An ICE Strategy Session looked at the issues raised by the institution’s new report, What Makes Good Design?, and found that the profession needs to try harder.
Engineers – all engineers – need to take responsibility for good design in infrastructure, no matter how junior their position or how small the project. This was one of the main lessons that came out of an ICE Strategy Session entitled What Makes Good Design?, held on 20 July.
The event formally launched the findings of a year-long joint investigation by ICE and the National Infrastructure Commission’s Design Group into the extent to which civil engineers understand and feel able to deliver “good design” as defined by the NIC Design Group’s four principles of designing for people, place, value and climate.
"We wanted to understand how the design principles are understood – what are the limits and opportunities?" said Judith Sykes, senior director at Expedition Engineering, ICE Fellow and NIC Design Group member who led the steering group for the report.
"We were shocked that climate came the lowest in terms of attention to mitigation and amelioration."
Too many excuses
Panellist Dr Steve Denton, executive director and head of civil, bridge and ground engineering at WSP, felt that the responses showed too many excuses – engineers arguing that there weren’t enough procedures, or that things were other people’s responsibility.
“We can all make contributions at all stages,” he said.
Even towards the end of a project, it's possible to circumvent a waste of materials or to change an approach to construction, he added.
Professor Sadie Morgan, founding partner of dRMM Architects and chair of the NIC Design Group, said that the whole point of the NIC’s four design principles was that they could be used by all engineers at all times.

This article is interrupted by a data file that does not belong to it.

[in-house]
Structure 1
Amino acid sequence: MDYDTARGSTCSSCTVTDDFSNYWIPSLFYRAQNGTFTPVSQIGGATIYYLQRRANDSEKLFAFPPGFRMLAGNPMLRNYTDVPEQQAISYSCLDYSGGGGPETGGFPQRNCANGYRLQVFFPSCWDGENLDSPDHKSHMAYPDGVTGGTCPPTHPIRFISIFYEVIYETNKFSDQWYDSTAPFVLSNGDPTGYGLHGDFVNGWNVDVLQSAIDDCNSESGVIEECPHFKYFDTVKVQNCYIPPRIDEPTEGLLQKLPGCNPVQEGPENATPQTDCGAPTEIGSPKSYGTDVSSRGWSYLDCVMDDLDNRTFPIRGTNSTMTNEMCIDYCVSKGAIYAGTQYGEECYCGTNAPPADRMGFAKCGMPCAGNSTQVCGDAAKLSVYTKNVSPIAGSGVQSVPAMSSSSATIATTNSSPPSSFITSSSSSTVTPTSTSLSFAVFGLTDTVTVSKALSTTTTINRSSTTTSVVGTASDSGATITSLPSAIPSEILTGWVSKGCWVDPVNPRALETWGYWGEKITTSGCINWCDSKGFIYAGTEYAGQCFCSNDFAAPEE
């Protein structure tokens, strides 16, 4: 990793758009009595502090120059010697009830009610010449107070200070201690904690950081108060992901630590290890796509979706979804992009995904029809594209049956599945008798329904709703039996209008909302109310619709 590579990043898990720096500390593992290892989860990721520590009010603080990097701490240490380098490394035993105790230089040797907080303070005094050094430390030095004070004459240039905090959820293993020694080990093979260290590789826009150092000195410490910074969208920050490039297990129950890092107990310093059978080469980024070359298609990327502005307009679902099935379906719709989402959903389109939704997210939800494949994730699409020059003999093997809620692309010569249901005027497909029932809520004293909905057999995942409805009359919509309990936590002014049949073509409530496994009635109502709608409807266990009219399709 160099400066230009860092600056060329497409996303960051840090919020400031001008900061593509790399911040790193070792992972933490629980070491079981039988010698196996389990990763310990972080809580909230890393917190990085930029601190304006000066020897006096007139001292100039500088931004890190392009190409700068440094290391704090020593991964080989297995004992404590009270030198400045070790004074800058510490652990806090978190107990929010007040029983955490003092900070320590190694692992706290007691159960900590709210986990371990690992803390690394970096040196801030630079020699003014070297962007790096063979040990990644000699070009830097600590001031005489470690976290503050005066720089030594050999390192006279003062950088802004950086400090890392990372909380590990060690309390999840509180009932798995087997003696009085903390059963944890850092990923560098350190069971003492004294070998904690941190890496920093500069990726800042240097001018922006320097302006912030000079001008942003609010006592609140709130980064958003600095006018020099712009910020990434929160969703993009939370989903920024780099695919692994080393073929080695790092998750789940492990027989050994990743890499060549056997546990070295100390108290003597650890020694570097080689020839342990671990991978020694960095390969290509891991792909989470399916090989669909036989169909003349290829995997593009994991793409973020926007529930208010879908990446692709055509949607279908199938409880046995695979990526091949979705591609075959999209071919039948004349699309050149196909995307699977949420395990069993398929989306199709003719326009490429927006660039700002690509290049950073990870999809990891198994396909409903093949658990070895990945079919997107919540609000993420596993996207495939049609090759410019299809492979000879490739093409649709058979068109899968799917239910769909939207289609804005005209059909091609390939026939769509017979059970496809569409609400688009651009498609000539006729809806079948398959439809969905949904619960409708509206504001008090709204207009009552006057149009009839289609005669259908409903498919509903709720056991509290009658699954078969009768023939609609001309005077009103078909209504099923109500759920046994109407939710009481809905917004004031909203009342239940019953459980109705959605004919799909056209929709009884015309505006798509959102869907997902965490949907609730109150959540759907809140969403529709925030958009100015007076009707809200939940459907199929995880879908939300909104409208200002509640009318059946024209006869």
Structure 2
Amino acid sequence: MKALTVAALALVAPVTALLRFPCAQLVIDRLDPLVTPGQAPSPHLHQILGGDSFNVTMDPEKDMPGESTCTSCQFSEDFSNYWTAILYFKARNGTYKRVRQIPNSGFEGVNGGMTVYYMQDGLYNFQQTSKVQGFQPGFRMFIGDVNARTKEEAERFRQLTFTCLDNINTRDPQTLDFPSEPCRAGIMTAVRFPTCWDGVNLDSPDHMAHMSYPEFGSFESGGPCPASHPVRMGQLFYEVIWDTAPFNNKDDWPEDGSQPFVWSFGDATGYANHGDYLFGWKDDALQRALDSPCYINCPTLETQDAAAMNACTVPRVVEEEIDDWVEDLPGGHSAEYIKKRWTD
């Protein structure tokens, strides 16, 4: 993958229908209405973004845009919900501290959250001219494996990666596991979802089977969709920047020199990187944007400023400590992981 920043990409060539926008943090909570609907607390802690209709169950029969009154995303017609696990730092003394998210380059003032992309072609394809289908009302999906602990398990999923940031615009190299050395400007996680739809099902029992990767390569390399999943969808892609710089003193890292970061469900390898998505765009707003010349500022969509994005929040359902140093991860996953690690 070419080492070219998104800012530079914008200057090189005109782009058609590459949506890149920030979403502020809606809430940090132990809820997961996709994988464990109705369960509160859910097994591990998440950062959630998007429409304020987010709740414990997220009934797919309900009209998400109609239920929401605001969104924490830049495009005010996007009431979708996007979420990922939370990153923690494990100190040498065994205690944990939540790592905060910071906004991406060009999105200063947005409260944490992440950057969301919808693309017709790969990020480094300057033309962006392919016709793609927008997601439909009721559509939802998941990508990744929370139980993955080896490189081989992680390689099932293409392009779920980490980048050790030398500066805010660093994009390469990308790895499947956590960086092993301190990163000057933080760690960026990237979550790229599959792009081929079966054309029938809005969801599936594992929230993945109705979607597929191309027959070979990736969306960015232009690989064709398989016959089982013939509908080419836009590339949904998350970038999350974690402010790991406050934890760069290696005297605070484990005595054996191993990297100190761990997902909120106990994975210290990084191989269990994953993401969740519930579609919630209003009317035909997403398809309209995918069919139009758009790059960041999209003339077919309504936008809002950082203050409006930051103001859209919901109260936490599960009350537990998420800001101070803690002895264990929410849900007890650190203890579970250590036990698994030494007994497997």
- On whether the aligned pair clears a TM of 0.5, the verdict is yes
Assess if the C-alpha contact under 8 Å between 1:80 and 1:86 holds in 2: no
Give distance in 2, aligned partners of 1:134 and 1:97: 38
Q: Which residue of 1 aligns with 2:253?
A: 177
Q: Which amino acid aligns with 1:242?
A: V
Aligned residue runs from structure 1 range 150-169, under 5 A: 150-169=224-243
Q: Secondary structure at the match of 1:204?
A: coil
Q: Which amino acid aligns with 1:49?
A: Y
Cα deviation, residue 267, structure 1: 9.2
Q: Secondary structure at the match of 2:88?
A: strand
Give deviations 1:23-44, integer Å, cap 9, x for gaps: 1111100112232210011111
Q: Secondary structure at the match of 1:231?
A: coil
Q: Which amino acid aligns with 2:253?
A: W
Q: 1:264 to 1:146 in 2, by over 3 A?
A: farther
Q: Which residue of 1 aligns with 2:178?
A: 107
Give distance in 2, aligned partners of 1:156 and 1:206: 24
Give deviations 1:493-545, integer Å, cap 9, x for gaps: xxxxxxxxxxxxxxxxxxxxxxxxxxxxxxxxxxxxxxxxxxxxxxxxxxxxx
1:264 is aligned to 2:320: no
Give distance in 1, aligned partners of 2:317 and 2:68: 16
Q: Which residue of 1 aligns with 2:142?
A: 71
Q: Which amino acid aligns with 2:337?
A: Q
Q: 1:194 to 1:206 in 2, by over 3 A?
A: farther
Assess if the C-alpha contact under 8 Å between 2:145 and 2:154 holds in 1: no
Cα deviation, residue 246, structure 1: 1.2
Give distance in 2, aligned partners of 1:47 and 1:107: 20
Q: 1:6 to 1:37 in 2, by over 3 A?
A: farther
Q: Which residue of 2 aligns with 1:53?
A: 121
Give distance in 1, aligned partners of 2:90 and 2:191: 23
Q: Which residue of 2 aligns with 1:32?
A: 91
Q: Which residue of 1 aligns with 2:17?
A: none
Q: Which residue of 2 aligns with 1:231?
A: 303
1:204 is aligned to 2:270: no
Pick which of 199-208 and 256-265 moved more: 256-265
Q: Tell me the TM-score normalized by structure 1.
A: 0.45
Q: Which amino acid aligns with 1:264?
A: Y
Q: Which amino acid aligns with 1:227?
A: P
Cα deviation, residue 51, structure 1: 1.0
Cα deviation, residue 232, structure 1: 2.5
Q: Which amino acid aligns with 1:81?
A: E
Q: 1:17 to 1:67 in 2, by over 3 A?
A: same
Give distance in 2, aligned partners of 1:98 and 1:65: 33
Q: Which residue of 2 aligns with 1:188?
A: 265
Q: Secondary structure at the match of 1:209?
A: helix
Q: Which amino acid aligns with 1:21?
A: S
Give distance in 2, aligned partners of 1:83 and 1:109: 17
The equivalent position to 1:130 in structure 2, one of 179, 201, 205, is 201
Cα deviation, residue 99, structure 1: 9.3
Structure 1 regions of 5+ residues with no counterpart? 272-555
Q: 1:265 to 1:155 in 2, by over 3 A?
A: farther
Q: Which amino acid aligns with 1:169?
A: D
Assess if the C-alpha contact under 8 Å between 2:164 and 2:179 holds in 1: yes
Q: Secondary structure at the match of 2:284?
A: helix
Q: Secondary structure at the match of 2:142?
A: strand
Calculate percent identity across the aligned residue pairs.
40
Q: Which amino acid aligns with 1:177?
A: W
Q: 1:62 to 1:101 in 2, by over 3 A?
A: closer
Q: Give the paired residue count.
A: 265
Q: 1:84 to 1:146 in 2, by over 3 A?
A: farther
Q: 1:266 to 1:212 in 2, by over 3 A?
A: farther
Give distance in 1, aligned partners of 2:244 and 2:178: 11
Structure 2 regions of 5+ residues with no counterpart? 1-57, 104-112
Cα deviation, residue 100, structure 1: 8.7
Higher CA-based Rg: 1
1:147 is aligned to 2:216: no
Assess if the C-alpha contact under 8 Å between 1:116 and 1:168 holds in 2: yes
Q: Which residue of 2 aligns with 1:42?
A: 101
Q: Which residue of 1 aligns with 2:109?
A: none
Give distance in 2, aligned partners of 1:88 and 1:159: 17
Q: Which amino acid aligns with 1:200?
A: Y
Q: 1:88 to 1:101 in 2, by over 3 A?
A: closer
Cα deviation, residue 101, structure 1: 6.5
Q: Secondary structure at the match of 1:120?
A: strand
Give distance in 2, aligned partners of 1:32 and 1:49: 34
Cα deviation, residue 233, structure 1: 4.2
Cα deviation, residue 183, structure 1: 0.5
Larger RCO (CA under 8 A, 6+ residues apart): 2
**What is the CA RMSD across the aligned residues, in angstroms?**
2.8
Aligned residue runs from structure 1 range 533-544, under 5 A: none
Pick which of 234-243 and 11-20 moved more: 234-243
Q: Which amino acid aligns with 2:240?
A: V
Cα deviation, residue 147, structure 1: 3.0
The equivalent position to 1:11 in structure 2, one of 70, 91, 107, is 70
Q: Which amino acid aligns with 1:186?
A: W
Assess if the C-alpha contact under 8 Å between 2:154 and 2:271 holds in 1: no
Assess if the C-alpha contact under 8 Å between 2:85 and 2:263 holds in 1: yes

“The profession thinks that design adds cost and time,” she said.
“We know that that is not true if it is done early. Don’t pretend that it is nothing to do with you.”
A 'controversial' finding
Another panellist, Dr Liz Sharp, senior lecturer in the Department of Urban Studies and Planning at the University of Sheffield, highlighted one of the results she found most striking – that 11% of respondents felt too much attention was paid to the effect on communities.
It was “controversial”, she said, and probably arose from a misunderstanding of the purpose of consultation.
It should not be a matter of presenting people with a design and receiving their, often angry, responses – instead, "we need to start early and draw on the experience of communities rather than treat them as a problem," she said.
Professor Hanif Kara, design director at engineering firm AKT II and an NIC Design Group member, said the report’s findings amplified his concern that civil engineers have lost the trust of the communities they design for: “I still feel that the largest disadvantage is that we have lost trust from communities – both from young engineers and from the wider community.”
Designing better would save energy, he said, and from a selfish point of view would mean that more talented young engineers would want to work for the practice.
ICE President Rachel Skinner assured delegates that the institution would be establishing a programme to take forward the report’s recommendations, under the direction of Arup programme director Julie Wood in her role as chair of the Knowledge, Insight and Ethics Community Advisory Board.